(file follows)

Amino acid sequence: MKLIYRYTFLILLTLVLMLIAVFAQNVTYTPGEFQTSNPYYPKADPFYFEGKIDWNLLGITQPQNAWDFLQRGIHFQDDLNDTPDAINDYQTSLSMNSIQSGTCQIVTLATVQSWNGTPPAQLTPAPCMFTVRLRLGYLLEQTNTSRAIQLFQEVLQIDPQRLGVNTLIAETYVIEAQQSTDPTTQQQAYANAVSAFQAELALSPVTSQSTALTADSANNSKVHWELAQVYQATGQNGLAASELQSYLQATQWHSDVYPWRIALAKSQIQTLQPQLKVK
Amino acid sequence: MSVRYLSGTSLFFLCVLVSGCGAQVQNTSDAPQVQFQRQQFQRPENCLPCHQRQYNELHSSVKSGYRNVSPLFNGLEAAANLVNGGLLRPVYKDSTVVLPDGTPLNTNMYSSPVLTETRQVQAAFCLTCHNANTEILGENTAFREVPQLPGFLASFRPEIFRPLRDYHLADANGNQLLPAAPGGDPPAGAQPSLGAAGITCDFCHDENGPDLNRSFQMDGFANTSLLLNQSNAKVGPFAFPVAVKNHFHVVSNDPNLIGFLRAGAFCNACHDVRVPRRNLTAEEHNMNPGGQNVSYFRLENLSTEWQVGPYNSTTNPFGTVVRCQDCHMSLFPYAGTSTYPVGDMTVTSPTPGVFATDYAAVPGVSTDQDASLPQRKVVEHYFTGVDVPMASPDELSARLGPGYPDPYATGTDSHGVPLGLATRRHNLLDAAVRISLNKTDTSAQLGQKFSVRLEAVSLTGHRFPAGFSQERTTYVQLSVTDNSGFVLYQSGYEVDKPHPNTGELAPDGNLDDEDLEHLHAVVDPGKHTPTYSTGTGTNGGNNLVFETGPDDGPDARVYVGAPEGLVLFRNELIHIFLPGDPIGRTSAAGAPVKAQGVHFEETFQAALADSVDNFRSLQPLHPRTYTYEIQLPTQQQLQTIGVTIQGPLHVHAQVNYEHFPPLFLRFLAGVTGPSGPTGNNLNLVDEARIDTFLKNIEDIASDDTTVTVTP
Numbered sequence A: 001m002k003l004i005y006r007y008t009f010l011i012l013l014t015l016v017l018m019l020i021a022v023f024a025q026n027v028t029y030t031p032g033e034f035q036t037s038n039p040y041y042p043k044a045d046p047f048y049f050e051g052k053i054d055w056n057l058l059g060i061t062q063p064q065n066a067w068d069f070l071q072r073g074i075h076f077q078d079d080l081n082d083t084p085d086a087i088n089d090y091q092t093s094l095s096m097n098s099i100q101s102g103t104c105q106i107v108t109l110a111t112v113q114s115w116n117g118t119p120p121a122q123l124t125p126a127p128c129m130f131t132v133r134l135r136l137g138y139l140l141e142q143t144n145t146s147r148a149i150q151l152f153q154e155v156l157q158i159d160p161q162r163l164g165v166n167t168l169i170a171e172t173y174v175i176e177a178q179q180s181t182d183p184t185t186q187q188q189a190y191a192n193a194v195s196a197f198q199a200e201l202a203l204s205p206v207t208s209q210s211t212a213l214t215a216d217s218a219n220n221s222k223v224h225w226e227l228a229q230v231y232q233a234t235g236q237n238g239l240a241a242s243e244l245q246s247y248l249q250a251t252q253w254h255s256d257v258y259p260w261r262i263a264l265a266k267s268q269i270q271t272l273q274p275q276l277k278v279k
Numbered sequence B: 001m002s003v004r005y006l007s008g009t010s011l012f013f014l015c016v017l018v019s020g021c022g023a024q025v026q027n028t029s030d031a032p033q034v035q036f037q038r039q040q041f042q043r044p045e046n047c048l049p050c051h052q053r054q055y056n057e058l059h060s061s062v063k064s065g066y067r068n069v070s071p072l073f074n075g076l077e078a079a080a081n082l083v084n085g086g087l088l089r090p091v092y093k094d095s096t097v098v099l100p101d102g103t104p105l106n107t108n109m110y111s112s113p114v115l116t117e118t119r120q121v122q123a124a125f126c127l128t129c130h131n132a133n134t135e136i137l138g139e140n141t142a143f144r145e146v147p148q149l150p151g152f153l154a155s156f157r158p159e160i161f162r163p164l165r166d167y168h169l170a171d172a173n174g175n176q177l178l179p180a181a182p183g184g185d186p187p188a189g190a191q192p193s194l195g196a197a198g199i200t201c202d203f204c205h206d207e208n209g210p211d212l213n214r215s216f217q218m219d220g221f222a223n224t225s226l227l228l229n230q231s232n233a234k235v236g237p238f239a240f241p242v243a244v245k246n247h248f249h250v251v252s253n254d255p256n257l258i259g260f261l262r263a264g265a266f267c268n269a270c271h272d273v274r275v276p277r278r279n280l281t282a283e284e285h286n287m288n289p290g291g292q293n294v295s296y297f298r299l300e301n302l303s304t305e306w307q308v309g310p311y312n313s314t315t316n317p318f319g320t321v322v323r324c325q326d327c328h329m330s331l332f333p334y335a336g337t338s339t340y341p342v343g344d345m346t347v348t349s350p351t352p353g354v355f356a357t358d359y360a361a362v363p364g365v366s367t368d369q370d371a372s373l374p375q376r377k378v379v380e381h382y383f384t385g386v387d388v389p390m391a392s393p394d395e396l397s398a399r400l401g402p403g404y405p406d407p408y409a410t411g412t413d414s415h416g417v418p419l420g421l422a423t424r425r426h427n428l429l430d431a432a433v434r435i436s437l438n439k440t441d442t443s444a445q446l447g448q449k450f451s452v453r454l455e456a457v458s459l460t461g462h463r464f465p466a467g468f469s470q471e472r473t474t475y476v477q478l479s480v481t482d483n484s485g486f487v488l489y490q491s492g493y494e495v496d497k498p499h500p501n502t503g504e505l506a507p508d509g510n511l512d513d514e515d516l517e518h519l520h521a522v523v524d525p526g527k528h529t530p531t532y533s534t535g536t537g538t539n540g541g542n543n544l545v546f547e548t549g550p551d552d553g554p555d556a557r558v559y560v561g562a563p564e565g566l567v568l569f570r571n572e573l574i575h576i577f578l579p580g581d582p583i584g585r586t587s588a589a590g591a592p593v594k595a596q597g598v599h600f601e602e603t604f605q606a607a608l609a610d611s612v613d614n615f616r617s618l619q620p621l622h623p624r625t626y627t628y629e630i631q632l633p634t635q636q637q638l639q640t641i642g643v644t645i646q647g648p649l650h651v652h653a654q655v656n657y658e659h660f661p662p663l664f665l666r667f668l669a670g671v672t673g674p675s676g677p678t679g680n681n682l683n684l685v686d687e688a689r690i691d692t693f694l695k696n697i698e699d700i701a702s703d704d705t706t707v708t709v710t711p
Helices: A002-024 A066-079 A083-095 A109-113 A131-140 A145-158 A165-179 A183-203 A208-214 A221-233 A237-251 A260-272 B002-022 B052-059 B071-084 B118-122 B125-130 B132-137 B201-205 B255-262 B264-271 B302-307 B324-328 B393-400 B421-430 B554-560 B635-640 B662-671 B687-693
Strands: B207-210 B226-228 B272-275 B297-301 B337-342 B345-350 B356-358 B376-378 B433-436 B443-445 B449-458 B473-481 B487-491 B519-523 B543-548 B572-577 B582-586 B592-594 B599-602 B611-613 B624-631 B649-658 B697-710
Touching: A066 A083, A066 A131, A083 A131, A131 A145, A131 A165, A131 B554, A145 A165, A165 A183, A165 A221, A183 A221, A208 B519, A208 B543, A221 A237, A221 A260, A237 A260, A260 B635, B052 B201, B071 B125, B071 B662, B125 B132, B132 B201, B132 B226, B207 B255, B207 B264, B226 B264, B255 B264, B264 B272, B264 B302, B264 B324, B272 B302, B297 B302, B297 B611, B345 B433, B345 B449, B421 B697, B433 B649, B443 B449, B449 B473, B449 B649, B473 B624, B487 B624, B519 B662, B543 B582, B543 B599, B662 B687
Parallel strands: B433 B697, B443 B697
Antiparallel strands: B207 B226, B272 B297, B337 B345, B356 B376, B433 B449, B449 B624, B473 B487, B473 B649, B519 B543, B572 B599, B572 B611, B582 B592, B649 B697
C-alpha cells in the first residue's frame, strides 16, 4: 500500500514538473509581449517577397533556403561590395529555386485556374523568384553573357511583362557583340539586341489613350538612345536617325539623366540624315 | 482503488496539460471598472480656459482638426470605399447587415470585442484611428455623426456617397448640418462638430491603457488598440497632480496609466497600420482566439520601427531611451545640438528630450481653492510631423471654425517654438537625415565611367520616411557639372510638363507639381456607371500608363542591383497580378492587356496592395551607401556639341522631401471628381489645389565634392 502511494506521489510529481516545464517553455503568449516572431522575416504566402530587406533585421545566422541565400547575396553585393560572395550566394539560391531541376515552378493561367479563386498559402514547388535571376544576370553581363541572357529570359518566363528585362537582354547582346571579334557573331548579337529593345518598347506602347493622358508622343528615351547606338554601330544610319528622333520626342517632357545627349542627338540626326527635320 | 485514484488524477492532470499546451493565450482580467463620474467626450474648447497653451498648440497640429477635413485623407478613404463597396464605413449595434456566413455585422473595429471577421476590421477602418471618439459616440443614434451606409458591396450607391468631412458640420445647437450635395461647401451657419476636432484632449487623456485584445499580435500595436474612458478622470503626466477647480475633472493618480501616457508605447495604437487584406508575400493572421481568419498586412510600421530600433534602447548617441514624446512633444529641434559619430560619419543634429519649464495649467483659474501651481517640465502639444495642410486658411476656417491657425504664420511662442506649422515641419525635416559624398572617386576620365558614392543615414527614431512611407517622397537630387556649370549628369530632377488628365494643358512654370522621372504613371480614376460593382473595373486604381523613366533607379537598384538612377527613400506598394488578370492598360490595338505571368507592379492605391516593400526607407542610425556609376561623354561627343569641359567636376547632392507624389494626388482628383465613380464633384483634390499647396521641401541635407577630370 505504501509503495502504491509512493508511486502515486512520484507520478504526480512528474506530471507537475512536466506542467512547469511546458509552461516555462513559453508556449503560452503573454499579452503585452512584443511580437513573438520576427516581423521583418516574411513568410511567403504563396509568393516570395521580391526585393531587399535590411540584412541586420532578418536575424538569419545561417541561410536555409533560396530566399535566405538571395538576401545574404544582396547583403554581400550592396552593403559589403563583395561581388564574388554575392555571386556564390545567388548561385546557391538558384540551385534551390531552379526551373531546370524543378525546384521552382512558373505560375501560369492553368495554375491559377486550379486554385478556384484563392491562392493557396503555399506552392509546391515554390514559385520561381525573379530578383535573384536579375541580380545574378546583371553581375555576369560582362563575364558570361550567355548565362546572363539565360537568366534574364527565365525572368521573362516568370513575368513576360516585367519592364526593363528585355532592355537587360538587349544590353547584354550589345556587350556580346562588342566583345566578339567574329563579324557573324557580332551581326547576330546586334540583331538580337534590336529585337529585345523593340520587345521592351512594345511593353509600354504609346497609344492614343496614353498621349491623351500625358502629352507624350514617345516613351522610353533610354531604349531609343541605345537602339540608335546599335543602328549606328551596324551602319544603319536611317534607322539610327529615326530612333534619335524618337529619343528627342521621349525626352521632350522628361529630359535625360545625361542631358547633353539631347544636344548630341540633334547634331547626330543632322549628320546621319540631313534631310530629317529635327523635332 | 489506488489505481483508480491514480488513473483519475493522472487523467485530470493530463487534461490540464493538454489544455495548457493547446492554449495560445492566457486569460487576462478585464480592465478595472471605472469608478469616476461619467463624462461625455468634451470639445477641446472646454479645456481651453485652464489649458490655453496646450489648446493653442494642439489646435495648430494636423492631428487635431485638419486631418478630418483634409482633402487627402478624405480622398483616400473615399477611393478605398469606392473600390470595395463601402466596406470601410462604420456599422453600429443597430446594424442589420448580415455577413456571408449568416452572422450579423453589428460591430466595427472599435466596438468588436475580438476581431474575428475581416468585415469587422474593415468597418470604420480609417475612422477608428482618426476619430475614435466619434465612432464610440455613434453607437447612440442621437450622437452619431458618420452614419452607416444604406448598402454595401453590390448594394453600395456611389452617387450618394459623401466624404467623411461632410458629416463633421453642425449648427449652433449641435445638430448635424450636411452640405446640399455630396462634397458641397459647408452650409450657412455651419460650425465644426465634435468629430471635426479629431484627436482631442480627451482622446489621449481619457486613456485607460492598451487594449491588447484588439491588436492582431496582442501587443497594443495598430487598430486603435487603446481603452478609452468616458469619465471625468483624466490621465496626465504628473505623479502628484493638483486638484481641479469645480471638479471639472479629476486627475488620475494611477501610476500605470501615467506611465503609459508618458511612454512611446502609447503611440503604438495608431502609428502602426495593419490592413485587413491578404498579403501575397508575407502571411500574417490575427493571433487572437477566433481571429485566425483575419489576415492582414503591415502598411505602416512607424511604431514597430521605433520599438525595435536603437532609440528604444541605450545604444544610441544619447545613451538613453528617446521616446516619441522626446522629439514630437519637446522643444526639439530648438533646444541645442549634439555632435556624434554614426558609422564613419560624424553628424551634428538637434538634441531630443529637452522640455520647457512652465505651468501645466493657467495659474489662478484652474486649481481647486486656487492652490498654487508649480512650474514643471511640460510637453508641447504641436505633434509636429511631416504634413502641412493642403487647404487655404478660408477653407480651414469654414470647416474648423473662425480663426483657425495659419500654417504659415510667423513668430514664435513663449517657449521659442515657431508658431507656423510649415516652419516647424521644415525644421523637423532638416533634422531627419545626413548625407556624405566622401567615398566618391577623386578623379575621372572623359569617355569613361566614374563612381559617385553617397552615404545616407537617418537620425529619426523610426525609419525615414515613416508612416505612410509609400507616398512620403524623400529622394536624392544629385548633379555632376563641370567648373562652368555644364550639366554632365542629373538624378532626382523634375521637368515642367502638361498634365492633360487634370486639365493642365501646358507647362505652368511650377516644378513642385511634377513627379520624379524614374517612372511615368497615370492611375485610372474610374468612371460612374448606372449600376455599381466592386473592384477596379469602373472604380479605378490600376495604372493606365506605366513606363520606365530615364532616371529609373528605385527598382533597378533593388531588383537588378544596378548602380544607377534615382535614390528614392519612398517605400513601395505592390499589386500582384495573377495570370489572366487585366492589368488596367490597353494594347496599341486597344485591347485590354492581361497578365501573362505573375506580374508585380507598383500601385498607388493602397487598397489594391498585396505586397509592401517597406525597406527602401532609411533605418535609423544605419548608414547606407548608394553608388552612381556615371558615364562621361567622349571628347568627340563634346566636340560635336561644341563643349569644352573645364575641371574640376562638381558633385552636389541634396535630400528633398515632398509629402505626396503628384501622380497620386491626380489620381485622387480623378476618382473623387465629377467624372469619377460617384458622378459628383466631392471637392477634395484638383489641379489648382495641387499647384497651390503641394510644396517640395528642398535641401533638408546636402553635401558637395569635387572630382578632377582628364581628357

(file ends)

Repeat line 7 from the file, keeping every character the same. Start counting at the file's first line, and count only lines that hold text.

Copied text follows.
Touching: A066 A083, A066 A131, A083 A131, A131 A145, A131 A165, A131 B554, A145 A165, A165 A183, A165 A221, A183 A221, A208 B519, A208 B543, A221 A237, A221 A260, A237 A260, A260 B635, B052 B201, B071 B125, B071 B662, B125 B132, B132 B201, B132 B226, B207 B255, B207 B264, B226 B264, B255 B264, B264 B272, B264 B302, B264 B324, B272 B302, B297 B302, B297 B611, B345 B433, B345 B449, B421 B697, B433 B649, B443 B449, B449 B473, B449 B649, B473 B624, B487 B624, B519 B662, B543 B582, B543 B599, B662 B687